# Physics Experiments

Illustrating the chaotic Bunimovich Stadium.
The logistic map, which demonstrates the bifurcations of the population
levels preceding the transition to chaos.
Looking at the Lorenz Attractor in a chaotic regime, allowing the
attractor to be rotated.
2 fixed suns and 1 planet. Initial conditions are controllable, and up
to 4 different independent planets may be displayed.
A simple animation showing the difference between the
1-dimensional kinematics of a body undergoing constant acceleration.
Includes visually integrating the acceleration and velocity graphs, and
visually differentiating the position and velocity graphs.
A car with a non-zero initial speed has a constant acceleration whose
value can be controlled by the user.
Two balls falling near the Earth's surface under the influence of
gravity. The initial horizontal speed of one of the balls may be varied.
Illustrating Galilean relativity using his example of dropping a ball
from the top of the mast of a sailboat.
Firing a projectile when air resistance is negligible. The initial
height and angle may be adjusted.
A visualization exploration of the kinematics of projectile motion.
An animation of the classic lecture demonstration. The actual
demonstration is preferable if possible; then this animation can be
given to the students for later review.
Two balls roll down two different low-friction tracks near the Earth's
surface. The user is invited to predict which ball will reach the end of
the track first. This problem is difficult for many beginning Physics
students.
The "Racing Balls" animation which is accessed via the above line
sometimes triggers cognitive dissonance and rejection in beginning
students. For some of these, changing the balls to skiers helps to
clarify the situation, and that is what this animation does. The "Racing
Balls" one should be used with students first.
Elastic and inelastic collisions on an air track, with different masses
for the target cart.
A small animation of Newton's Cradle, sometimes known as Newton's Balls.
A simple animation illustrating Hooke's Law.
An unusual coordinate system for describing circular motion.
A mass is in circular motion in the vertical plane. We show the weight
and force exerted by the tension in the string.
The weight, force due to tension, and total force exerted on the bob of
a pendulum are shown.
A simple animation that traces the motion of a point on a rolling disc.
The direction of the angular velocity vector given by a right-hand screw
rule.
A simple animation of the direction of the angular velocity vector.
Curling rocks and tori sliding across surfaces.
The saying is that cats always land on their feet. This animation
explains how they do this.
A simple animation of a spinning top which processes.
Demonstrating that one component of uniform circular motion is simple
harmonic motion.
Illustrating and comparing Simple Harmonic Motion for a spring-mass
system and for a oscillating hollow cylinder.
The damping factor may be controlled with a slider. The maximum
available damping factor of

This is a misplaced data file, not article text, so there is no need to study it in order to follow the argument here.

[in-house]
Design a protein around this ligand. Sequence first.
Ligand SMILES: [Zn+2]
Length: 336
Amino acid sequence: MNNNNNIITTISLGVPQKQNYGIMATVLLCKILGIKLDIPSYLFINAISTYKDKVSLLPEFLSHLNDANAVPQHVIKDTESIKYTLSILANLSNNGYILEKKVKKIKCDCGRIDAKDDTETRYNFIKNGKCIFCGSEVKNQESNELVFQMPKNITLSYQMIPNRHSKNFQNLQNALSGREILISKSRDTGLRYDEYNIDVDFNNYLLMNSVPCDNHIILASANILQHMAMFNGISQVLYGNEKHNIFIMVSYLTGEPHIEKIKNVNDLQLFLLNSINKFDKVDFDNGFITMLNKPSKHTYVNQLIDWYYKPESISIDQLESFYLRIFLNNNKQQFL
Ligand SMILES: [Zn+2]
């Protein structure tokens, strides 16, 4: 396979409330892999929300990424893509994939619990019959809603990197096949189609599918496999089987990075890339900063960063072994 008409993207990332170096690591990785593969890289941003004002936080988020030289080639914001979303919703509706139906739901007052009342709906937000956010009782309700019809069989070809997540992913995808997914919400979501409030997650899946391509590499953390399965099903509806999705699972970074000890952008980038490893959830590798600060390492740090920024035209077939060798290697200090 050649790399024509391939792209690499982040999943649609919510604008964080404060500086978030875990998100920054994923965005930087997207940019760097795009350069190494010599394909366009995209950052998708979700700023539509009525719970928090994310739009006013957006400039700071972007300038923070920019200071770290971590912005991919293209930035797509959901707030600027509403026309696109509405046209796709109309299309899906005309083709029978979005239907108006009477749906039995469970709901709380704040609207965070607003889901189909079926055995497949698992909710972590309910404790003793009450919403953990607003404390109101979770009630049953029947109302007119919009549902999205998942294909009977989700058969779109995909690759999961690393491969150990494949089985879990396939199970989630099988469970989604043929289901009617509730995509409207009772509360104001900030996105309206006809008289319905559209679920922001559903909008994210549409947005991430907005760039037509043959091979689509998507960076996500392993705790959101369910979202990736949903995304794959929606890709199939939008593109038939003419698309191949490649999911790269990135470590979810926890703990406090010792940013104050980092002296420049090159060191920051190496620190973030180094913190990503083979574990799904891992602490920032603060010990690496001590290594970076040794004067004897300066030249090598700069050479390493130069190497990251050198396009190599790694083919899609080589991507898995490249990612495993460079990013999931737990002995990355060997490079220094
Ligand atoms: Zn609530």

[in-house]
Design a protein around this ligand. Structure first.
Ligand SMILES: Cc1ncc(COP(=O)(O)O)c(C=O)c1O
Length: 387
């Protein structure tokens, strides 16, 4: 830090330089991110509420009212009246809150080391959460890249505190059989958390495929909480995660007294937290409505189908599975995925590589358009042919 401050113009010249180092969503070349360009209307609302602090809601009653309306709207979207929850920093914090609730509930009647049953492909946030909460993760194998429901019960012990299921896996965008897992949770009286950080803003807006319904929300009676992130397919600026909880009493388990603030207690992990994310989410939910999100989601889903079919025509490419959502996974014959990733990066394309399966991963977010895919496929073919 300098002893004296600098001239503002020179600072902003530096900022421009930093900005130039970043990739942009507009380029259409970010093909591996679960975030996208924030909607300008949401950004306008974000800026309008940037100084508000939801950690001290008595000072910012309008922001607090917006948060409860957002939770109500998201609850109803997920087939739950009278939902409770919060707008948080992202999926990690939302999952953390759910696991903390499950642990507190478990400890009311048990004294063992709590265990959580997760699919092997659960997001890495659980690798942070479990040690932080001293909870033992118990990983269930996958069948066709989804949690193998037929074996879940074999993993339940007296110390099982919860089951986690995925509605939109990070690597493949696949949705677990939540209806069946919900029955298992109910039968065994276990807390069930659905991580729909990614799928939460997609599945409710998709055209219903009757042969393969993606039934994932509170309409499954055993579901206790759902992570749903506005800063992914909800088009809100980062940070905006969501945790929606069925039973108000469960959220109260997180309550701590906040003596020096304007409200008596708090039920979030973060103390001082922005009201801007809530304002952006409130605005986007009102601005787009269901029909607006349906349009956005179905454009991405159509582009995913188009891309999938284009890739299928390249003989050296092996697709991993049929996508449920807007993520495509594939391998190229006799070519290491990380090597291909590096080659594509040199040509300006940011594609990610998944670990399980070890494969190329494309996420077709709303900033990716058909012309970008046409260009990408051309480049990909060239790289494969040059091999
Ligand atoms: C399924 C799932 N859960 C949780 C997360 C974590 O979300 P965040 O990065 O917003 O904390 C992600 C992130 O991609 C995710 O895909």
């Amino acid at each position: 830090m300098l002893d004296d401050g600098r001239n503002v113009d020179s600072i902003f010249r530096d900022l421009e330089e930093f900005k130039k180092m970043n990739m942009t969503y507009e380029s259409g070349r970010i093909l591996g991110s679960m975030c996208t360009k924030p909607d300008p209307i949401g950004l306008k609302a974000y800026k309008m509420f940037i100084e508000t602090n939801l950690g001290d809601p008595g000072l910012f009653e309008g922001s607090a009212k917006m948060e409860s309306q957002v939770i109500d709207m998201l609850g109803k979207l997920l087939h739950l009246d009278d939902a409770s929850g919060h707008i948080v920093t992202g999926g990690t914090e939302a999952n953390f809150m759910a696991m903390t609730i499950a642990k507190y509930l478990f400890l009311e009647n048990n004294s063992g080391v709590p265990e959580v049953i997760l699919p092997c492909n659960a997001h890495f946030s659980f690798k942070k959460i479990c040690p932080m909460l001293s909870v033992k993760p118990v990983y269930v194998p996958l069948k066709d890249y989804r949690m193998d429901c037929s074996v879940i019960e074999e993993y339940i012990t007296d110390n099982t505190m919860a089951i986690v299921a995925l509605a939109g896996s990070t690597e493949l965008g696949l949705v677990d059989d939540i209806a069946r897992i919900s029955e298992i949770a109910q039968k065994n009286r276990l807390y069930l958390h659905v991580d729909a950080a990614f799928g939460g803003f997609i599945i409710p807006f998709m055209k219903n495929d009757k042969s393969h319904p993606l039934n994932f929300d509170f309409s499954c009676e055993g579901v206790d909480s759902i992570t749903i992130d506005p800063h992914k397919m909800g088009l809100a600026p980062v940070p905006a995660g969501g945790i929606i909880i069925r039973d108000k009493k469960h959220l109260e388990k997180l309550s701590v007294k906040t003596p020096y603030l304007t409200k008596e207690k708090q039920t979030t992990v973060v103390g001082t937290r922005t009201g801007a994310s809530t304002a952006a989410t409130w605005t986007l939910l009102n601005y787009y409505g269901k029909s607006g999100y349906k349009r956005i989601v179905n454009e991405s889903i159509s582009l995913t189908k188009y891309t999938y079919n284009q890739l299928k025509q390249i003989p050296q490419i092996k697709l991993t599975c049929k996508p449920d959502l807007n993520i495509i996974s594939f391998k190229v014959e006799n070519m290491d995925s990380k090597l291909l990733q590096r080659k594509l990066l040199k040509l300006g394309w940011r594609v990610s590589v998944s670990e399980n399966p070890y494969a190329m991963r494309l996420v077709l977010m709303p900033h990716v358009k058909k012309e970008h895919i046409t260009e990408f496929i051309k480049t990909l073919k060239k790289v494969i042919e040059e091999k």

A harmonic oscillator driven by a harmonic force. The frequency and
damping factor of the oscillator may be varied.
Two simple pendulums connected by a spring. The mass of one of the
pendulums may be varied. Within mathematical rounding errors, the
resolution on the screen of one pixel, and a frame rate of 12 frames per
second the animation is correct, not an approximation.
A simulation of an experiment to determine the dependence of the
electrostatic force on distance.
A simple DC circuit has a DC voltage source lighting a light bulb. Also
shown is a hydraulic system in which water drives a turbine. The two
systems are shown to be similar.
A simple animation of how a common light Switch works.
Illustrating representing an electric field with field lines.
A simple buzzer consisting of a battery, a flexible metal strip, a piece
of iron, and some wire.
An electric charge is executing simple harmonic motion, and the
animation shows the electric field lines around it.
A 3 dimensional animation of the "far" fields of an oscillating charge.
Circular polarization generated from a linearly polarized
electromagnetic wave by a quarter-wave plate.
A spinning charged object passes through an inhomogeneous magnetic
field. This animation is also used in a discussion of the Stern-Gerlach
experiment.
A spinning charged object passes through an array of 3 magnets each
producing an inhomogeneous magnetic field. This animation is also used
in a discussion of the Stern-Gerlach experiment.
A simple animation of using a micrometer to measure the width of a
pencil.
Provides controls to position the micrometer, and when a button is
clicked displays the reading.
A small animation showing a piston compressing a sample of gas. As the
volume of the gas goes down, the density and therefore the pressure goes
up.
An animation illustrating that the derivative of a sine function is a
cosine.
Illustrating that the area of a circle is a limit of the sum of the
areas of interior triangles as the number of triangles goes to infinity.
Illustrating the meaning of the integral sign, including an example.
Simulating nuclear scattering experiments by scattering ball bearings
off targets. This is based on an experiment in the First Year Physics
Laboratory at the University of Toronto.
The decay of 500 atoms of the fictional element Balonium. Uses a